Older adults who are prescribed medication for depression by primary care physicians often fail to start taking these drugs or to continue using them as directed, a Dutch study suggests.
While people with severe and chronic mental illness may see a psychiatrist for medications, many patients with depression may not see a mental health professional and instead get care from a primary care provider.
The new study findings are drawn from data on roughly 1,500 people who were at least 60 years old and diagnosed with depression in 2012 by primary care providers.
Overall, about 14 percent of the patients with depression who were prescribed antidepressants failed to start taking the drugs within two weeks, researchers report in Family Practice. When they did start taking drugs on time, about 15 percent of patients missed doses at least 20 percent of the time and 37 percent stopped altogether within a year.
“Antidepressant adherence is challenging for patients of any age, but older age is a characteristic that is associated with worse adherence,” said Dr. Donovan Maust, a psychiatry researcher at the University of Michigan in Ann Arbor who wasn’t involved in the study.
Patients in the study tended to do a better job of starting and continuing on medication as prescribed when they were already accustomed to taking multiple daily pills for a variety of other chronic health issues, the study found.
People already on lots of other drugs were 11 percent less likely to fail to start antidepressants and 13 percent less likely to take them inconsistently, the study found.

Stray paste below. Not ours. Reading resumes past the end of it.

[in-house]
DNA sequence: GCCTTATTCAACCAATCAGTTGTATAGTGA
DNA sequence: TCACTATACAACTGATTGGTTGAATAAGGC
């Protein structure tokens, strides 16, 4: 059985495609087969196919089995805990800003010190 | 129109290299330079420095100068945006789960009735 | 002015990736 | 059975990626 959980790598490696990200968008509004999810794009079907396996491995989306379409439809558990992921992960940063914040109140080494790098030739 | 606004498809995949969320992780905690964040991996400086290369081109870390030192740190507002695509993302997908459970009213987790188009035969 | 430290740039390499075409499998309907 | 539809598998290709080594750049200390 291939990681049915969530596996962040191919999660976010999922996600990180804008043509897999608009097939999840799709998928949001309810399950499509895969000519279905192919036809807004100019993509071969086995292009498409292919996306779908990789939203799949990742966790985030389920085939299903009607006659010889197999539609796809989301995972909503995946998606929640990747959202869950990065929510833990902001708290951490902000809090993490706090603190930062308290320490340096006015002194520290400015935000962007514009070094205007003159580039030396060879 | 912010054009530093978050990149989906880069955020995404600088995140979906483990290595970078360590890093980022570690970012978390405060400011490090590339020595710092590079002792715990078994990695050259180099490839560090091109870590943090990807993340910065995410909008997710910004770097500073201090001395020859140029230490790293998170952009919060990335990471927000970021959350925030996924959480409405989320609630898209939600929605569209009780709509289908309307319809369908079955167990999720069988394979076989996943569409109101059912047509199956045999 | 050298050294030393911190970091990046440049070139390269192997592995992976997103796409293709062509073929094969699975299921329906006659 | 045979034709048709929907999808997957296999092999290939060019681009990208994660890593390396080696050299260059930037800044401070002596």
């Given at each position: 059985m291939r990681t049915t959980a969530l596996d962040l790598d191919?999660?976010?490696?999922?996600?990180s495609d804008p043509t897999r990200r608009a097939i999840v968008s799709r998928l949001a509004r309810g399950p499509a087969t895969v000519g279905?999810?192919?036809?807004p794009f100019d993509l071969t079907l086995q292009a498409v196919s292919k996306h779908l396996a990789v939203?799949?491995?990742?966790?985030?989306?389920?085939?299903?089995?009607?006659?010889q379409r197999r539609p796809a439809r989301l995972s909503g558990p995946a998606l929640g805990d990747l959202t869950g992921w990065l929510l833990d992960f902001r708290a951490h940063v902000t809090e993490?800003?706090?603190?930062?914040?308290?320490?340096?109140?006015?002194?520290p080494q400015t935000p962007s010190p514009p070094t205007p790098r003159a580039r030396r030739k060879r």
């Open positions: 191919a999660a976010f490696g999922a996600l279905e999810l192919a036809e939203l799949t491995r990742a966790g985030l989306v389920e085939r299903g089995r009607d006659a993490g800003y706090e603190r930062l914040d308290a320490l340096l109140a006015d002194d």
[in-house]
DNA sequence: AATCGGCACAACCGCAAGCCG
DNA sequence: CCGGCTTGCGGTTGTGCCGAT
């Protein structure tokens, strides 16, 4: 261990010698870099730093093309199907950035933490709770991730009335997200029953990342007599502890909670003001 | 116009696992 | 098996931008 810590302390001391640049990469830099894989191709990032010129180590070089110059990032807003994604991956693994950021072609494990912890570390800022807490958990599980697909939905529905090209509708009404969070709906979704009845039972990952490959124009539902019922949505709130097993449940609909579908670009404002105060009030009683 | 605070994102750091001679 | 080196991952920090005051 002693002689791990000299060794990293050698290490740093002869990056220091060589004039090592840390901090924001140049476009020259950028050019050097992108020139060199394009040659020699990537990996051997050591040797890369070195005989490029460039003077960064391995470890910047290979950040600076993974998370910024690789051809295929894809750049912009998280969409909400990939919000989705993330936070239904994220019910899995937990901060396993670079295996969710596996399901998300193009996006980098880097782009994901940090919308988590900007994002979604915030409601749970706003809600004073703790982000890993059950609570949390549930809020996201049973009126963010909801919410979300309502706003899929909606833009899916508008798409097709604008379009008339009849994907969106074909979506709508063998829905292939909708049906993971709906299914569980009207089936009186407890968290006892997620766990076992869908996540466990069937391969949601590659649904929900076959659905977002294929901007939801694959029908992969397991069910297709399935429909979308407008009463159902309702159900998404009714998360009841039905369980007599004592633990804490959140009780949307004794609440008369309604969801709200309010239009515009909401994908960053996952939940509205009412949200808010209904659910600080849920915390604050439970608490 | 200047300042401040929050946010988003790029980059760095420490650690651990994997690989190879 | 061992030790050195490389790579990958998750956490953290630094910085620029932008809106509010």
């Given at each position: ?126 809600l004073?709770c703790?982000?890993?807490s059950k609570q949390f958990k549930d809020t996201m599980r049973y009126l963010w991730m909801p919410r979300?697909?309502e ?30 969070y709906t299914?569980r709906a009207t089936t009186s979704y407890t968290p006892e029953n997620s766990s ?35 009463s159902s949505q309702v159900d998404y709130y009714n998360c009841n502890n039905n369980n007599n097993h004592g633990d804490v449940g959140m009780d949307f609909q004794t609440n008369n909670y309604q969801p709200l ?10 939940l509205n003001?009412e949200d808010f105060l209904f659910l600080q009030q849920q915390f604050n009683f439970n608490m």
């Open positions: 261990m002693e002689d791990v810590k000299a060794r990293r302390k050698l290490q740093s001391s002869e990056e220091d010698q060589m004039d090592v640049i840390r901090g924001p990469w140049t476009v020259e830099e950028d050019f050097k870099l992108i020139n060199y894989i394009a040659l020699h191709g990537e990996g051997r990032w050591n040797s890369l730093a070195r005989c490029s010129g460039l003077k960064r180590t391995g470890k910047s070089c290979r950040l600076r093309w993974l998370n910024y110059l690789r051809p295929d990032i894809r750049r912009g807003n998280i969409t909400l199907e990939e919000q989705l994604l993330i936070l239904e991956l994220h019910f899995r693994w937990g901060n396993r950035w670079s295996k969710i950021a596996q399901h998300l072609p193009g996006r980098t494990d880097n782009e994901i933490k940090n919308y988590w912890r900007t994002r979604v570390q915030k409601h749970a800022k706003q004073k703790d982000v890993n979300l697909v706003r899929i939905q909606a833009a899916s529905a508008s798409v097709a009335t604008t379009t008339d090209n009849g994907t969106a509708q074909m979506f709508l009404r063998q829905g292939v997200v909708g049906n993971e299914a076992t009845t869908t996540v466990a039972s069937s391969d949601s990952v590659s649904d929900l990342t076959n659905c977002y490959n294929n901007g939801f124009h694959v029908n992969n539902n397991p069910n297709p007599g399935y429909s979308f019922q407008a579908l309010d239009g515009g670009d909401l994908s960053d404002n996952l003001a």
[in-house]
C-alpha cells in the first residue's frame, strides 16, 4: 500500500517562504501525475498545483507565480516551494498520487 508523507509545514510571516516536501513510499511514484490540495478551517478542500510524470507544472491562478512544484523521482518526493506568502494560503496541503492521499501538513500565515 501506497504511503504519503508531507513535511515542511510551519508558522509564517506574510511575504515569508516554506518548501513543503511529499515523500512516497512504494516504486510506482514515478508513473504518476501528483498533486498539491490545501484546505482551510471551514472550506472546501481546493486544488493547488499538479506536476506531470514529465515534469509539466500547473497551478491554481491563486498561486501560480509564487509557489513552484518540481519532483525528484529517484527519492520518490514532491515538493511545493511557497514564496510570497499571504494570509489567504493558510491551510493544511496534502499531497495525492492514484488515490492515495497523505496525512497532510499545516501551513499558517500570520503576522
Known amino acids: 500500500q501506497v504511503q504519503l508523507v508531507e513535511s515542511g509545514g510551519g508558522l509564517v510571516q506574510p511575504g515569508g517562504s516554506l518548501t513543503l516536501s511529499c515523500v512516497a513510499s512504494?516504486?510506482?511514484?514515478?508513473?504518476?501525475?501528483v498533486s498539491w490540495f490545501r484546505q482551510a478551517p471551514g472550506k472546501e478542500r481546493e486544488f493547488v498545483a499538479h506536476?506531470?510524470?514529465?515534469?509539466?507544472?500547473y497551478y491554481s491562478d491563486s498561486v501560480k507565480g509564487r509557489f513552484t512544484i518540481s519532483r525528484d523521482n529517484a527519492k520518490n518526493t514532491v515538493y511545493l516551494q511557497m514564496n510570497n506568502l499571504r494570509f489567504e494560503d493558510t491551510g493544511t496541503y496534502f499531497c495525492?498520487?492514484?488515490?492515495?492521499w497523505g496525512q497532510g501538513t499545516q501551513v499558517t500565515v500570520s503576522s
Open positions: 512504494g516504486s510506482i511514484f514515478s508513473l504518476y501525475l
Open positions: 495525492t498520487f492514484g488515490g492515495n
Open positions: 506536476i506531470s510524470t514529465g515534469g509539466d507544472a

Some antidepressants have side effects like weight gain and sexual dysfunction that also might have prompted some patients to stop taking their drugs. People who experienced side effects were 22 percent more likely take antidepressants inconsistently or stop altogether, the study found.
Individuals with other psychological disorders were 59 percent more likely to take antidepressants inconsistently or stop altogether, the study also found.
The study wasn’t a controlled experiment designed to prove whether or how being diagnosed or treated by a primary care provider might directly impact the chances of patients taking antidepressants as directed. Another limitation is that researchers lacked data on why patients didn’t fill prescriptions or didn’t keep taking drugs as directed.
It’s possible some people with mild depression felt better without medication, for example, or that some people started cutting back on doses to gradually taper off their antidepressants before stopping altogether.
Lead study author Floor Holvast of the University Medical Center Groningen in The Netherlands didn’t respond to requests for comment.
“In some of these cases it may be the patient and physician or clinician decided together that the patient should stop,” Maust said.
But patients should not stop on their own, Maust cautioned.
“In patients with depression, I would say the most significant risk to their health is the untreated depression,” Maust said. “Apart from the risk of the untreated depression, abruptly stopping an antidepressant can lead to withdrawal symptoms that could be physically uncomfortable.”